- To accommodate attendees, a Wisconsin school wanted to have its graduation in a church
- A lawsuit from students and families said the venue coerced religious activity
- Justices Scalia, Thomas wrote separately to say they wanted the court to decide the matter
The Supreme Court on Monday declined to get involved in a dispute over a public high school's efforts to hold its student graduation ceremonies in a church.
The justices, without comment, rejected the appeal from the Elmbrook School District outside Milwaukee, which had said its campus gymnasium was not large enough to accommodate those seeking to attend. They had contracted with a local "megachurch" to hold the events there, for what officials termed "secular convenience."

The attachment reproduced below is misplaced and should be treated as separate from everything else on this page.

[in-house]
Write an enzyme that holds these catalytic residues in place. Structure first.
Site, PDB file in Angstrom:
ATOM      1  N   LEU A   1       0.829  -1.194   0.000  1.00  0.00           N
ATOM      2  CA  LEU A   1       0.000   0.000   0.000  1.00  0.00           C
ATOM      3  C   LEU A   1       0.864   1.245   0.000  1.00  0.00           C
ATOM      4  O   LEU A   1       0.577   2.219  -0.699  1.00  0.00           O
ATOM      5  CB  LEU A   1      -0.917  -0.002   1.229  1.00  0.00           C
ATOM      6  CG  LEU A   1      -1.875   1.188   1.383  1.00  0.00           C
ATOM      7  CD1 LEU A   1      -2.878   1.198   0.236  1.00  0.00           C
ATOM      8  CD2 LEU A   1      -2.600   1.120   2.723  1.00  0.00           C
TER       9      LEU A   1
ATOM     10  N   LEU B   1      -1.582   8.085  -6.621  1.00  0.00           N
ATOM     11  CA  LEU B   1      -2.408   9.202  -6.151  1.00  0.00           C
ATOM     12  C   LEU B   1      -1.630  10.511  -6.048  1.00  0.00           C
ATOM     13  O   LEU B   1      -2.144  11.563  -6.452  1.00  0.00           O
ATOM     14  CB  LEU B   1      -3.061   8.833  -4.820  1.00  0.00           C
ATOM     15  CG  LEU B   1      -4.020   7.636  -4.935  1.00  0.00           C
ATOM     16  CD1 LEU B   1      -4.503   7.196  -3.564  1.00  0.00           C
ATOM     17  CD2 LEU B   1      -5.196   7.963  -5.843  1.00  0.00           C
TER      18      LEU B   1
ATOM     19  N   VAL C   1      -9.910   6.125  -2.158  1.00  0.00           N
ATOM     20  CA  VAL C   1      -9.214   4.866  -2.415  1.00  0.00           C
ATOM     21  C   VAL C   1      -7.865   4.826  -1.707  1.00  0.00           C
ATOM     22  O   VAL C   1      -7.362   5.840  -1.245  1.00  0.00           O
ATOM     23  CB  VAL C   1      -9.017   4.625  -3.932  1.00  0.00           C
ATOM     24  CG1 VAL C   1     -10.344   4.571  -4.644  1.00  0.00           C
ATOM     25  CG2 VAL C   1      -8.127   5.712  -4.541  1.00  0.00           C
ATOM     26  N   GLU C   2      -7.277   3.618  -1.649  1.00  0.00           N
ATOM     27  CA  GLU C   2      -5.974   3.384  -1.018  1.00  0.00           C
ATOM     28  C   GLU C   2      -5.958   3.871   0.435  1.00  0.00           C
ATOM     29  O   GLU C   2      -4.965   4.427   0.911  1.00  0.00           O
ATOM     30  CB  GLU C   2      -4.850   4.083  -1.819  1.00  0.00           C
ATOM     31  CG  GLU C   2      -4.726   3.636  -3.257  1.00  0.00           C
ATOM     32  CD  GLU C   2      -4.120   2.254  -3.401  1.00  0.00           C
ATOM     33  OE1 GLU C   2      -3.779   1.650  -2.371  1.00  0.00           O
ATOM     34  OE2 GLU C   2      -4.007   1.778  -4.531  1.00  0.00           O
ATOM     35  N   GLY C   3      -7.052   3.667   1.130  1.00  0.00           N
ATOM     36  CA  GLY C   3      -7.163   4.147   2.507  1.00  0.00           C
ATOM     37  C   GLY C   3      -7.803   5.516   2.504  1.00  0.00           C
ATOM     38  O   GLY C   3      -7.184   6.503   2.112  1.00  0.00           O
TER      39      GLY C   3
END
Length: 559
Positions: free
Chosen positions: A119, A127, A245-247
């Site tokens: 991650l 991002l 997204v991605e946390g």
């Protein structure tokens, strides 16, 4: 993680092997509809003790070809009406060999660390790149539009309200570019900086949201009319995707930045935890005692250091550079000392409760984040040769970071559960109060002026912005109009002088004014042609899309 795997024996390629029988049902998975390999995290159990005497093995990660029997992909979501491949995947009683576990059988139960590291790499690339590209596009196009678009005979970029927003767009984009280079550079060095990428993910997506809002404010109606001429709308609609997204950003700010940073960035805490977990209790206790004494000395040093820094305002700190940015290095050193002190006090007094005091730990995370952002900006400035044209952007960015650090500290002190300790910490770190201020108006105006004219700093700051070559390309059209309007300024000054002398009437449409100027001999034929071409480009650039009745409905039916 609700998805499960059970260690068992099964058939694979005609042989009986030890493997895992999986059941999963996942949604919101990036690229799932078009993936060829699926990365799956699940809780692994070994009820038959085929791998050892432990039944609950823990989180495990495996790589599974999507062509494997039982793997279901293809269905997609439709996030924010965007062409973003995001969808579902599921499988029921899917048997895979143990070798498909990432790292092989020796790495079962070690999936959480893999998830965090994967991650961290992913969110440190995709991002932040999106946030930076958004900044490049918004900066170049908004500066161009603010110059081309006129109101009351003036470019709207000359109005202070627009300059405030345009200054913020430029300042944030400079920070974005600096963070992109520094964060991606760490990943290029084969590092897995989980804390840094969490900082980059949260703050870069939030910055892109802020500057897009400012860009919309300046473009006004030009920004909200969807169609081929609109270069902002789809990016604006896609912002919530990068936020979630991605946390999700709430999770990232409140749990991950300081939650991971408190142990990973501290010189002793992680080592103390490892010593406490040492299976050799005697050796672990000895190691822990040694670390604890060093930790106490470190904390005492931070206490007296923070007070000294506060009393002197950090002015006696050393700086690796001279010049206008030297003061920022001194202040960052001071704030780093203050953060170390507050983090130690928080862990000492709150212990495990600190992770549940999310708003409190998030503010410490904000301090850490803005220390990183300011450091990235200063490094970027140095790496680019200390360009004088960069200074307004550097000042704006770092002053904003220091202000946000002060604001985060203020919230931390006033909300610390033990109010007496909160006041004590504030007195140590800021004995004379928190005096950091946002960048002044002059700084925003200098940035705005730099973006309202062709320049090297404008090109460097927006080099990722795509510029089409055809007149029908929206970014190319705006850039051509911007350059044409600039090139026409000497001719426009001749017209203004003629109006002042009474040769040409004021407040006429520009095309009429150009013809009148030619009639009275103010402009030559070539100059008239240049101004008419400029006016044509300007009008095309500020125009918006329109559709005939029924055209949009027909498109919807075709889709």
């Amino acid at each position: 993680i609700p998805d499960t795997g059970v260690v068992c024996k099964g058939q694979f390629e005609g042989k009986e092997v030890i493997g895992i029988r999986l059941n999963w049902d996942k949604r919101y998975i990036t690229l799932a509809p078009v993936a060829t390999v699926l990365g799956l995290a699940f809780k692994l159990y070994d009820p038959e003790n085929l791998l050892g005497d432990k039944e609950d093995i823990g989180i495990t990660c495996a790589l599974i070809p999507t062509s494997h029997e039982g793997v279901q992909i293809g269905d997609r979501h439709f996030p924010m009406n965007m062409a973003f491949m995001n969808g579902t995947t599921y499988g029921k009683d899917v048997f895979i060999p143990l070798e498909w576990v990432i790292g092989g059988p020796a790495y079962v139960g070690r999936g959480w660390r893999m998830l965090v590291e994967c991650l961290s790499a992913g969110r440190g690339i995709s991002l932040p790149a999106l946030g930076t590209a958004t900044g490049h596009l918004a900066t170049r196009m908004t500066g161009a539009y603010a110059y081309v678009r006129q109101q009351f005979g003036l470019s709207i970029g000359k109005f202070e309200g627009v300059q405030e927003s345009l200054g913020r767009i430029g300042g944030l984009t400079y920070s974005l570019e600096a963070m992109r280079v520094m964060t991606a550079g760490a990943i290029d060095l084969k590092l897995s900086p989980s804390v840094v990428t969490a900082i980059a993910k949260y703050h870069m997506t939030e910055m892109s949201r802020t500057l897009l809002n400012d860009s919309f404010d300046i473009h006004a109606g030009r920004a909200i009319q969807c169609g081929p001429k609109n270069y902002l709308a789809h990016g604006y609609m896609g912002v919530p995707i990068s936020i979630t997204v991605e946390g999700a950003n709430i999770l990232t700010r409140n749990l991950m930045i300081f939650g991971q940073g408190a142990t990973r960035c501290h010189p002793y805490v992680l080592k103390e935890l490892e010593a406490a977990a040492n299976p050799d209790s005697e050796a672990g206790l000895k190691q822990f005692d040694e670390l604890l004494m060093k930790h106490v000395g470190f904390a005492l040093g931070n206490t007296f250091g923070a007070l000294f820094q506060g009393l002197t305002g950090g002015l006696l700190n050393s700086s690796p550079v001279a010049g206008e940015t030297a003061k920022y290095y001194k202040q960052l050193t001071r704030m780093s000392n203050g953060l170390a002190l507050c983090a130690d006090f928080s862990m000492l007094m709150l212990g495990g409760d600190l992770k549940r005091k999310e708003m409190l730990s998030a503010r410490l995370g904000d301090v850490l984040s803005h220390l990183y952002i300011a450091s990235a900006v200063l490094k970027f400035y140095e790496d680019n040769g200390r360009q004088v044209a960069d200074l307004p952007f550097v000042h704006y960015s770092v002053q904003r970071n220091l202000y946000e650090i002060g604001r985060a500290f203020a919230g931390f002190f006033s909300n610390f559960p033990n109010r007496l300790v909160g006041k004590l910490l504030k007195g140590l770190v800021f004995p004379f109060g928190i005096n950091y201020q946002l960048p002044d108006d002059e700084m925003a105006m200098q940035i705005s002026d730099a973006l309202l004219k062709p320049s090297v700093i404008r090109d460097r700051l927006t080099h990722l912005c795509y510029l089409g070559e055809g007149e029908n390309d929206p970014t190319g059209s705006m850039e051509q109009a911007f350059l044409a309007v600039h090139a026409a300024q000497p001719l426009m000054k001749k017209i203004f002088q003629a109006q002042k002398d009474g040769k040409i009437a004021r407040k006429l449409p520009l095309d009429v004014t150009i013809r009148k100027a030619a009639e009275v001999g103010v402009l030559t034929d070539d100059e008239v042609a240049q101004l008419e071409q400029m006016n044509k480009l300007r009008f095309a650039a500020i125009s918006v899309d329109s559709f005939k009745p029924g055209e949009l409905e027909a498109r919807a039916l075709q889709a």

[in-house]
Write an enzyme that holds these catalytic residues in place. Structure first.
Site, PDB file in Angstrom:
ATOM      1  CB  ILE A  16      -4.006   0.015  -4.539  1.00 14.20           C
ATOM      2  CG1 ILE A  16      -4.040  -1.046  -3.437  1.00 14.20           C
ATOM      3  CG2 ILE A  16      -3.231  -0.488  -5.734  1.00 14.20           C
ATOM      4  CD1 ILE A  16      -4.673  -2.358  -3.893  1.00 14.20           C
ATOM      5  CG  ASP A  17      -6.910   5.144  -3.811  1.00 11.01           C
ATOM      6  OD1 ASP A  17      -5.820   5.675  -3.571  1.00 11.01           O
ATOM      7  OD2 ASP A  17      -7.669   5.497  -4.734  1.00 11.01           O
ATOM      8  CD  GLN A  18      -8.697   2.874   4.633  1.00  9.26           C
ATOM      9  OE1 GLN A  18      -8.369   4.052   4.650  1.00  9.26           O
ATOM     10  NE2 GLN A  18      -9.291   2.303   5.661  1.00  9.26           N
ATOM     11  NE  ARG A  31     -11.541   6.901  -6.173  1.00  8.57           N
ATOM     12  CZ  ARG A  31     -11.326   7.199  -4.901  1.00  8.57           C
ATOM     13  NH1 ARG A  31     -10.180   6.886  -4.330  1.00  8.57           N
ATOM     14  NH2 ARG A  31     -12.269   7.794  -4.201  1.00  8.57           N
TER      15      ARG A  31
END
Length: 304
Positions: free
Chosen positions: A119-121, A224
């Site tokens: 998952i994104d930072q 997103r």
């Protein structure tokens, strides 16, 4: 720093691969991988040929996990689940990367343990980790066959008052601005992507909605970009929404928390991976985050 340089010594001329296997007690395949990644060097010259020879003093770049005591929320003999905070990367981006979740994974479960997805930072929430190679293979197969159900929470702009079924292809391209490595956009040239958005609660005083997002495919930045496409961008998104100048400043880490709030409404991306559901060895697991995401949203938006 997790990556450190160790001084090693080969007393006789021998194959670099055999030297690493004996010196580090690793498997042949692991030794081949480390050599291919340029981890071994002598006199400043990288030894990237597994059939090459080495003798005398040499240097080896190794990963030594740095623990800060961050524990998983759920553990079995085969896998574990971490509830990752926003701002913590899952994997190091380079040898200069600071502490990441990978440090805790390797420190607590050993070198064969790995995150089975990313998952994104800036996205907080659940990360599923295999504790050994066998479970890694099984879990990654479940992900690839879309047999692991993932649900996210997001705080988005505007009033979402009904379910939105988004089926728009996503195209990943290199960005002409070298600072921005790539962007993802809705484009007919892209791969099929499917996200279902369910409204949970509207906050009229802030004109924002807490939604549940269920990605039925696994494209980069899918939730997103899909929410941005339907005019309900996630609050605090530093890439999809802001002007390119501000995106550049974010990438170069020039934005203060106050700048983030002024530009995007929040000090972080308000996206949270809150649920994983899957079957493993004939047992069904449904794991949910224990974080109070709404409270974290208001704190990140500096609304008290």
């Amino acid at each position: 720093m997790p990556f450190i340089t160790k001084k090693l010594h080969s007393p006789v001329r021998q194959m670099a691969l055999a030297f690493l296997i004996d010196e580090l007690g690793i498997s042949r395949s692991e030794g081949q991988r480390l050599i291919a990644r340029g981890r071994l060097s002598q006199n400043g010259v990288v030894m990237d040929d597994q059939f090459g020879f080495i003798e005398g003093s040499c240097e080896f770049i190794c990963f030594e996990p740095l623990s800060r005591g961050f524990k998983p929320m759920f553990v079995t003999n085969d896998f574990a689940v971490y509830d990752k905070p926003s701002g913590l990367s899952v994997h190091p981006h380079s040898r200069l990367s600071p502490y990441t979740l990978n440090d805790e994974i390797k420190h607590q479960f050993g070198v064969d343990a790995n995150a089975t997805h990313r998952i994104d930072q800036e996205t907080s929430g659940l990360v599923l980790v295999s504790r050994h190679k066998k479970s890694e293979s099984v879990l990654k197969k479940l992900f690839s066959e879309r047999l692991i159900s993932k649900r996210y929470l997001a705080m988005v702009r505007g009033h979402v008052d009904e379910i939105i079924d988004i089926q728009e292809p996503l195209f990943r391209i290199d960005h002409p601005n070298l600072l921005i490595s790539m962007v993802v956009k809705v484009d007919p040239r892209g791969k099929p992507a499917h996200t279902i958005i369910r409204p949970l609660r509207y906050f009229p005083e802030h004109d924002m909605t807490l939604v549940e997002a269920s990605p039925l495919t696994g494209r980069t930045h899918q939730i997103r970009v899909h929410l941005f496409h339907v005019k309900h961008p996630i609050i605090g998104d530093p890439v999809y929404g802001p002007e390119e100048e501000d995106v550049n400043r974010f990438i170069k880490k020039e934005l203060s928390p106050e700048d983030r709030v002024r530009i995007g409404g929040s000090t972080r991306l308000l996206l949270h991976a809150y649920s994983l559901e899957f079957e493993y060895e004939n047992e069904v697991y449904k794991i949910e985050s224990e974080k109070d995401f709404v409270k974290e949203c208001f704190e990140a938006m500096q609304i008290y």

Several students and their families had sued, saying that the rented venue "coerces" religious activity and that all Christian symbols and imagery should have been removed to make it fit for public, secular events.
Justices Antonin Scalia and Clarence Thomas wrote separately to say they wanted the court to decide the matter. They said a lower federal court ruling favoring the students was "decided incorrectly."
The case is Elmbrook School District v. Doe (12-755).